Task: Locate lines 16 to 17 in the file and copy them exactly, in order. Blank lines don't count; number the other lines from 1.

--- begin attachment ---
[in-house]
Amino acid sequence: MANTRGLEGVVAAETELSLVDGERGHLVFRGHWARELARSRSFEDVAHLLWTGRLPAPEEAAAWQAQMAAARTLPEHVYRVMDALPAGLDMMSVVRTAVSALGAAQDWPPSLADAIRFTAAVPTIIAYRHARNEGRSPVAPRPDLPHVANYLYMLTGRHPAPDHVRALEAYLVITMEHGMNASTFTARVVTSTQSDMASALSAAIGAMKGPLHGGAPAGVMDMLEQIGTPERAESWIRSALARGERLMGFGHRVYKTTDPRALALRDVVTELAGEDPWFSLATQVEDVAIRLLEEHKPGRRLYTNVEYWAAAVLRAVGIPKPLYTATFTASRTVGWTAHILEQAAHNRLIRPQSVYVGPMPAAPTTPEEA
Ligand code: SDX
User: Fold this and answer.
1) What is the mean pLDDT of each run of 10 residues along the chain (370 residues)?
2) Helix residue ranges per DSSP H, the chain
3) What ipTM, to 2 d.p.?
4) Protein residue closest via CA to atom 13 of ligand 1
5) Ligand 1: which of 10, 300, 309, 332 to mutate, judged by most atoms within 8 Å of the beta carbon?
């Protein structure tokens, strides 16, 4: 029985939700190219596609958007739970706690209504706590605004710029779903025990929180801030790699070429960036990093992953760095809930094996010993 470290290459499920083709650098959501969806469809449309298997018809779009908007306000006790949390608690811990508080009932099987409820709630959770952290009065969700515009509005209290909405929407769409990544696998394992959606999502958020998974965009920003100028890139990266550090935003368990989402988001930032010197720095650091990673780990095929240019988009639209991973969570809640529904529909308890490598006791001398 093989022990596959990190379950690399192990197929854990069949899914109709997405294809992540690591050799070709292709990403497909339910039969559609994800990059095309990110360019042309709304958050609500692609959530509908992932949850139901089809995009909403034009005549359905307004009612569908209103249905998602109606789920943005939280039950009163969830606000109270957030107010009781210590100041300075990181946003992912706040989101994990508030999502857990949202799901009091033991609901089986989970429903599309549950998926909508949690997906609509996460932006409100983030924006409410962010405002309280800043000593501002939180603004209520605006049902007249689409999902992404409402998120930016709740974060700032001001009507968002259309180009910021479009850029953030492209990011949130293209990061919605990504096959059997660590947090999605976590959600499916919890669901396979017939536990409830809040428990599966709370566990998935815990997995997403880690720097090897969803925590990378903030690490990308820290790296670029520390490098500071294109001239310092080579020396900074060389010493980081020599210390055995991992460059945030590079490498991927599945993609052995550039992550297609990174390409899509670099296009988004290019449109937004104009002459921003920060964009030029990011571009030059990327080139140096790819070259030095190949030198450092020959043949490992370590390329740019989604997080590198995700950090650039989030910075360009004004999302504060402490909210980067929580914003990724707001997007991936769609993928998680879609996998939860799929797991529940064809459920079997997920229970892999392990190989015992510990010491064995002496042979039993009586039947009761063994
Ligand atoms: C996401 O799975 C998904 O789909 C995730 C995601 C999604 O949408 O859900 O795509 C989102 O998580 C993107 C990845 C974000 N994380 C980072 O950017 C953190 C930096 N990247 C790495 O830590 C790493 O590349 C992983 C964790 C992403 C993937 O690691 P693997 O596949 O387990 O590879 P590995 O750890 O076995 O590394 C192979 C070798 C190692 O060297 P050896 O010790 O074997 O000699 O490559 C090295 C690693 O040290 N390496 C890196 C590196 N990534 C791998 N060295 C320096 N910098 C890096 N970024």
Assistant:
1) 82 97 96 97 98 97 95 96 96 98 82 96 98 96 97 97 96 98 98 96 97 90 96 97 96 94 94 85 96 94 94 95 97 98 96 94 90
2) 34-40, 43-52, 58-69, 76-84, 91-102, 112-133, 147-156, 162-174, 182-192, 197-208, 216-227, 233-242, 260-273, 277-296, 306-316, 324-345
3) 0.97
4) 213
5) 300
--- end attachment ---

4) 213
5) 300